• VM-CLASS is the name of the VM class that you want to use for your cluster. For example, best-effort-small.
    • STORAGE-CLASS-NAME is the name of the storage class that you want to use for your cluster. For example, wcpglobal-storage-profile.

    For example:

    apiVersion: cluster.x-k8s.io/v1beta1
    kind: Cluster
    metadata:
    name: my-workload-cluster
    namespace: my-workload-cluster-namespace
    spec:
    clusterNetwork:
     services:
       cidrBlocks: ["198.51.100.0/12"]
     pods:
       cidrBlocks: ["192.0.2.0/16"]
     serviceDomain: "cluster.local"
    topology:
     class: tanzukubernetescluster
     version: v1.23.5+vmware.1-tkg.1
     controlPlane:
       replicas: 1
     workers:
       machineDeployments:
         - class: node-pool
           name: my-node-pool
           replicas: 1
     variables:
       - name: vmClass
         value: best-effort-small
       # Default storageClass for control plane and node pool
       - name: storageClass
         value: wcpglobal-storage-profile
    
  4. Create the workload cluster by passing the YAML file that you created in the step above to the -f option of the tanzu cluster create command.

TKC-Based Clusters

To install calico instead of antrea on a workload cluster of type TanzuKubernetesCluster, set the CNI configuration variable in the cluster configuration file that you plan to use to create your workload cluster and then pass the file to the -f option of the tanzu cluster create command. For example, CNI: calico.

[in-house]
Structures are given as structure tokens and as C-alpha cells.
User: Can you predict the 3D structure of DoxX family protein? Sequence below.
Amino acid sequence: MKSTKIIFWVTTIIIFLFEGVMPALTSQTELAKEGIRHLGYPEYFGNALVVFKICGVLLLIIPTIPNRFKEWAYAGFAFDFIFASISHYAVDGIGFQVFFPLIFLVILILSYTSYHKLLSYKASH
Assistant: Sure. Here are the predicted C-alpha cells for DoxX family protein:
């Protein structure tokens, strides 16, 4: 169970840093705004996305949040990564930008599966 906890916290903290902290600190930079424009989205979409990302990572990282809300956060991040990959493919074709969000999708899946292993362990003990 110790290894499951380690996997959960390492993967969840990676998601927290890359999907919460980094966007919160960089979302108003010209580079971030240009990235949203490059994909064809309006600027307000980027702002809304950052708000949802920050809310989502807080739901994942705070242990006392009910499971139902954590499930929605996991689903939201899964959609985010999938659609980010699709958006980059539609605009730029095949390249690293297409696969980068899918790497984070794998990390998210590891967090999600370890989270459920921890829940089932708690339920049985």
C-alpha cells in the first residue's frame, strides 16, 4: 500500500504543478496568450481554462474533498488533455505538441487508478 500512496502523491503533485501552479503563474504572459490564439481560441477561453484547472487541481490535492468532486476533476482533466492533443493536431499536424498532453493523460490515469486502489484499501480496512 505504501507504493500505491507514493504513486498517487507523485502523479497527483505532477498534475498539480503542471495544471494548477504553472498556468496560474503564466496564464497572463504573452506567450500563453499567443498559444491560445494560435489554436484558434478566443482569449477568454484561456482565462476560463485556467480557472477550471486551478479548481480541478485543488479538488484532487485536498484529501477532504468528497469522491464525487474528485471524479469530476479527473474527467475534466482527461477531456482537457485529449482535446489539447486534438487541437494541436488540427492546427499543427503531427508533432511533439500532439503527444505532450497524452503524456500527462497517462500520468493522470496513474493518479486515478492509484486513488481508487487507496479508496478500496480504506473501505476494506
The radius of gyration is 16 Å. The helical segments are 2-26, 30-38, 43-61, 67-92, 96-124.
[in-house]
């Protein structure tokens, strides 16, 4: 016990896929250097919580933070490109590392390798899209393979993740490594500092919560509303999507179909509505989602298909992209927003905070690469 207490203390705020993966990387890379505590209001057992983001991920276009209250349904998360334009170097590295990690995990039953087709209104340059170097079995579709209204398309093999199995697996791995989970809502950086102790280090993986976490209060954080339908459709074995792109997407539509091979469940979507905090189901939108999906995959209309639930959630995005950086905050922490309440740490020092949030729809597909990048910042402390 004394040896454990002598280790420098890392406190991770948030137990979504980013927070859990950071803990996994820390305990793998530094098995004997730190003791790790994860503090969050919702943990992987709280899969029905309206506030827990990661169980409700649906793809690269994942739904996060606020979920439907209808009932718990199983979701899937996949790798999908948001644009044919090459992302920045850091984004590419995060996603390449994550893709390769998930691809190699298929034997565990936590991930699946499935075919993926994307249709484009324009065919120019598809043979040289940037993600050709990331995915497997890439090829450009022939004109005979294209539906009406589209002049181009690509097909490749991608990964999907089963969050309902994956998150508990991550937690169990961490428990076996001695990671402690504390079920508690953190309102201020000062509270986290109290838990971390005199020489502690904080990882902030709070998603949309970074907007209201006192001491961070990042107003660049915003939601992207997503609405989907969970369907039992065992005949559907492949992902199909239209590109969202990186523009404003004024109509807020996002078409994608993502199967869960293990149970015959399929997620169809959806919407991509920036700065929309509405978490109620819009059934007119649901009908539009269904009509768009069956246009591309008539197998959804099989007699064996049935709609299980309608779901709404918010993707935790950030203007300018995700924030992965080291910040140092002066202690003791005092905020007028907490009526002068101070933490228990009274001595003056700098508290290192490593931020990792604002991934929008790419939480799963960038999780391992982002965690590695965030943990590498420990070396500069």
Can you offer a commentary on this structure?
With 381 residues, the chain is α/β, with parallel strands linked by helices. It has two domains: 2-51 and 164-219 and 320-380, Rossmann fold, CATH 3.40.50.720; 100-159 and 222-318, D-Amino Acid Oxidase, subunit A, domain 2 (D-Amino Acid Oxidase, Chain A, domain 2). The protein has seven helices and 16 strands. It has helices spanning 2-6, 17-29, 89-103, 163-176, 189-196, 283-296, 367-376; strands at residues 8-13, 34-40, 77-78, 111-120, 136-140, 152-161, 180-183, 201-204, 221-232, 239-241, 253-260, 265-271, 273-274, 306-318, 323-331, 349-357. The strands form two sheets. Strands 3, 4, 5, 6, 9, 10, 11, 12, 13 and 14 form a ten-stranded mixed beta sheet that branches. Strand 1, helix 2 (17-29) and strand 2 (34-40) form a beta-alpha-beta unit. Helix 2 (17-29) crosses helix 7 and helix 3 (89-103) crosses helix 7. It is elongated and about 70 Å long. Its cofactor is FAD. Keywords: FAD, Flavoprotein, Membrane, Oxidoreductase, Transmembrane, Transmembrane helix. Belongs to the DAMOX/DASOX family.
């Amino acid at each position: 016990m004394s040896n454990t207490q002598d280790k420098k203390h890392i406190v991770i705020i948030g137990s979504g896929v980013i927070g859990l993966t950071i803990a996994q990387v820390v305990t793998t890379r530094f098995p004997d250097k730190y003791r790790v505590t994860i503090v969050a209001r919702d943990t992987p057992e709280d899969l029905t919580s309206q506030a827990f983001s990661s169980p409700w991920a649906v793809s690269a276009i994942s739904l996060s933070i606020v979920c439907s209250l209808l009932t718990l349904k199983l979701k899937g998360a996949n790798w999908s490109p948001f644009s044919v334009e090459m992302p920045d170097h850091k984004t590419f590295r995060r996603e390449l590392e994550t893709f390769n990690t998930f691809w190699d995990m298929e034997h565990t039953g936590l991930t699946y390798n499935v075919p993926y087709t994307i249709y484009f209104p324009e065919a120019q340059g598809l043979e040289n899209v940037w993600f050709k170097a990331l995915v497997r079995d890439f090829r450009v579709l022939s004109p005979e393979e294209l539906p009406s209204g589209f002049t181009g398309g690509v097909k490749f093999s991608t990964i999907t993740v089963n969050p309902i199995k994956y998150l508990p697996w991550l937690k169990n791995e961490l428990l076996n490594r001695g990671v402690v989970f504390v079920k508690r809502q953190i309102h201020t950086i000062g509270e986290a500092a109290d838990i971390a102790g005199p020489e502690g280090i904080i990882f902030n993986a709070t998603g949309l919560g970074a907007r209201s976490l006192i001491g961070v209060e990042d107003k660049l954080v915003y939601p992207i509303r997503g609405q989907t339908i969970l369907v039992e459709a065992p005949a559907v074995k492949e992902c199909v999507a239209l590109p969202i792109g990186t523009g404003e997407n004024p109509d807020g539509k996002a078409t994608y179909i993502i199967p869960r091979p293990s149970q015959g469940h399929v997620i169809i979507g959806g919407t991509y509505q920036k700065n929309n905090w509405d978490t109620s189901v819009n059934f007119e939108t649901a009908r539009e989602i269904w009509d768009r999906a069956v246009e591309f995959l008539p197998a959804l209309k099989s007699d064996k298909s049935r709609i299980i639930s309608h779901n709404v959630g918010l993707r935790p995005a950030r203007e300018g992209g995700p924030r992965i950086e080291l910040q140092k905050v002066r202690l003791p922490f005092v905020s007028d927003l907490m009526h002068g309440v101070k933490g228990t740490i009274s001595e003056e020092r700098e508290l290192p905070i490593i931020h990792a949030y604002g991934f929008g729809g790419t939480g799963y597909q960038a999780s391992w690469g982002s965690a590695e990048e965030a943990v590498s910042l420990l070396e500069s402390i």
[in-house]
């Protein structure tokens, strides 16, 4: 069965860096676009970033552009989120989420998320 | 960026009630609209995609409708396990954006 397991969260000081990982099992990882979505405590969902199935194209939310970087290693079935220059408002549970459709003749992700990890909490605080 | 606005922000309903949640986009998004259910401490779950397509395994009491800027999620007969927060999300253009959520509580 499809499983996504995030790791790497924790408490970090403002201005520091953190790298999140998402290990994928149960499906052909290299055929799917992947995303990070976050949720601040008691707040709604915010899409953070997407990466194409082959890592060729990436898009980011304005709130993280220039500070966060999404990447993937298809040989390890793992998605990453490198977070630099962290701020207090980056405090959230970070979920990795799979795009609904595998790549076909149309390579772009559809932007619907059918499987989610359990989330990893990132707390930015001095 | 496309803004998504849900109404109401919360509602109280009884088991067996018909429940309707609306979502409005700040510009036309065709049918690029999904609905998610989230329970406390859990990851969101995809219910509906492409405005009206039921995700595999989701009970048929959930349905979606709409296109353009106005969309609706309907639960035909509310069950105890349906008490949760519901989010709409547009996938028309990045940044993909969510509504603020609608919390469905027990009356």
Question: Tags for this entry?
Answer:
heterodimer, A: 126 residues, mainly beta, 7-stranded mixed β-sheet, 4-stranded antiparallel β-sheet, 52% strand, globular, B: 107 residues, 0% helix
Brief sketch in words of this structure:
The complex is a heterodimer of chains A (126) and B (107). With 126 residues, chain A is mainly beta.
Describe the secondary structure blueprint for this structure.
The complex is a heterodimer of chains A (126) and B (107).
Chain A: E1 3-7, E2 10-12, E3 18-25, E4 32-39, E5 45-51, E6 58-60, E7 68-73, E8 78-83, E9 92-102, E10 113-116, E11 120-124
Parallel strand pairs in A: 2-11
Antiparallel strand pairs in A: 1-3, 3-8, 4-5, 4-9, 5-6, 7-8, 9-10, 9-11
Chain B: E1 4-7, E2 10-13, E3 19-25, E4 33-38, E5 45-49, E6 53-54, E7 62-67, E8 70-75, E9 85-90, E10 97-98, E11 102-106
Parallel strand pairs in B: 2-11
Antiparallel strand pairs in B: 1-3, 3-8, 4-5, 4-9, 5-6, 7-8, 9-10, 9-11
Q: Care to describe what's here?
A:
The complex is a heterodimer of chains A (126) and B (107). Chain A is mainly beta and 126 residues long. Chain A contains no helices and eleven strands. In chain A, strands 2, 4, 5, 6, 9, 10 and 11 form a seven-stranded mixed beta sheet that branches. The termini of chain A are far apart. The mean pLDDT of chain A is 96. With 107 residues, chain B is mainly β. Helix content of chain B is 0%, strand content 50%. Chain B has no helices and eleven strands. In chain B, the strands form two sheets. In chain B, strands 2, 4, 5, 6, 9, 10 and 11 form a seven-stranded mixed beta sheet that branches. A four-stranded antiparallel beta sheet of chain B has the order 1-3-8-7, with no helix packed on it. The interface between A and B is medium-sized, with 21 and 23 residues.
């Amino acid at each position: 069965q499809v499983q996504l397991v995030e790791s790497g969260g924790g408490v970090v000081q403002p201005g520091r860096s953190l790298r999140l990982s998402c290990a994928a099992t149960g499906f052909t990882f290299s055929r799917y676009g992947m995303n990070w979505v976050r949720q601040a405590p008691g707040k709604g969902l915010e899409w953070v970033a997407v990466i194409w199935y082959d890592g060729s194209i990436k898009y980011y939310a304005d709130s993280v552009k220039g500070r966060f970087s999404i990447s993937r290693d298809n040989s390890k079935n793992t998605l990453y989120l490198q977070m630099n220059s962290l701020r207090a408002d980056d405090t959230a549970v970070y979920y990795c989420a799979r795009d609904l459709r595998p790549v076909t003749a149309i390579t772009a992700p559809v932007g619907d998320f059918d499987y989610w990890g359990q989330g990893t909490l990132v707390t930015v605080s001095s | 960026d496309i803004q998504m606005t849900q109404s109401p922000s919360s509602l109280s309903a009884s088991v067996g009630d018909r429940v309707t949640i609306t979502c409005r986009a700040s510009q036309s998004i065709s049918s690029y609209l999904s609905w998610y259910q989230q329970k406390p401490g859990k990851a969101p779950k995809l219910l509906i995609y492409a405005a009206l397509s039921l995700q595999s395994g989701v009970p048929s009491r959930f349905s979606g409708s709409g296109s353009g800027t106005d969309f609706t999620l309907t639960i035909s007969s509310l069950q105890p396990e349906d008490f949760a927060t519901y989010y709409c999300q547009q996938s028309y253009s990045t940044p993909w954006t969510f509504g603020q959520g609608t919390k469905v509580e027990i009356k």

Enable Multiple CNI Providers

To enable multiple CNI providers on a workload cluster, such as macvlan, ipvlan, SR-IOV or DPDK, install the Multus package onto a cluster that is already running Antrea or Calico CNI, and create additional NetworkAttachmentDefinition resources for CNIs. Then you can create new pods in the cluster that use different network interfaces for different address ranges.

For directions, see Deploy Multus on Workload Clusters.

Deploy Pods with Routable, No-NAT IP Addresses (NSX)

On vSphere with NSX networking and the Antrea container network interface (CNI), you can configure a TKC-based workload cluster with routable IP addresses for its worker pods, bypassing network address translation (NAT) for external requests from and to the pods.

Routable IP addresses on pods let you:

  • Trace outgoing requests to common shared services, because their source IP address is the routable pod IP address, not a NAT address.
  • Support authenticated incoming requests from the external internet directly to pods, bypassing NAT.

For more information on deploying pods with routable, no-NAT IP addresses, see TKC with Routable Pods Network.